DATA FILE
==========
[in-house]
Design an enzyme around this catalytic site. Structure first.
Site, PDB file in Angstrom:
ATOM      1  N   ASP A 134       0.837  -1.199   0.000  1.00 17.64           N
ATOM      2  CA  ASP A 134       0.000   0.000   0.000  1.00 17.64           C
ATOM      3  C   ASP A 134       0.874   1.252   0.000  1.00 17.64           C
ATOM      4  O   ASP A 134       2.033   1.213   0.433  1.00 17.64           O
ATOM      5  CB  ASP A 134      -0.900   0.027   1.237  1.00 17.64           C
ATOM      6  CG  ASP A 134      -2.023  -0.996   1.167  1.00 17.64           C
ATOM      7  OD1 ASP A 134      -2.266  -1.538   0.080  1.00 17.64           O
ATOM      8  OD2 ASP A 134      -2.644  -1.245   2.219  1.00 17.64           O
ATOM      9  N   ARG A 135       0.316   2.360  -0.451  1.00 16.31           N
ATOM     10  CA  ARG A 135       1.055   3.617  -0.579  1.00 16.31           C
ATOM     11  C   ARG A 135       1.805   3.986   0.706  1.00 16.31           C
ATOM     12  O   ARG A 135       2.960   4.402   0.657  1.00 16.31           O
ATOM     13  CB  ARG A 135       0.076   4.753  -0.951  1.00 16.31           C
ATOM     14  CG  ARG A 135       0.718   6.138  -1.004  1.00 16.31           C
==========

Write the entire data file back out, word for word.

[in-house]
Design an enzyme around this catalytic site. Structure first.
Site, PDB file in Angstrom:
ATOM      1  N   ASP A 134       0.837  -1.199   0.000  1.00 17.64           N
ATOM      2  CA  ASP A 134       0.000   0.000   0.000  1.00 17.64           C
ATOM      3  C   ASP A 134       0.874   1.252   0.000  1.00 17.64           C
ATOM      4  O   ASP A 134       2.033   1.213   0.433  1.00 17.64           O
ATOM      5  CB  ASP A 134      -0.900   0.027   1.237  1.00 17.64           C
ATOM      6  CG  ASP A 134      -2.023  -0.996   1.167  1.00 17.64           C
ATOM      7  OD1 ASP A 134      -2.266  -1.538   0.080  1.00 17.64           O
ATOM      8  OD2 ASP A 134      -2.644  -1.245   2.219  1.00 17.64           O
ATOM      9  N   ARG A 135       0.316   2.360  -0.451  1.00 16.31           N
ATOM     10  CA  ARG A 135       1.055   3.617  -0.579  1.00 16.31           C
ATOM     11  C   ARG A 135       1.805   3.986   0.706  1.00 16.31           C
ATOM     12  O   ARG A 135       2.960   4.402   0.657  1.00 16.31           O
ATOM     13  CB  ARG A 135       0.076   4.753  -0.951  1.00 16.31           C
ATOM     14  CG  ARG A 135       0.718   6.138  -1.004  1.00 16.31           C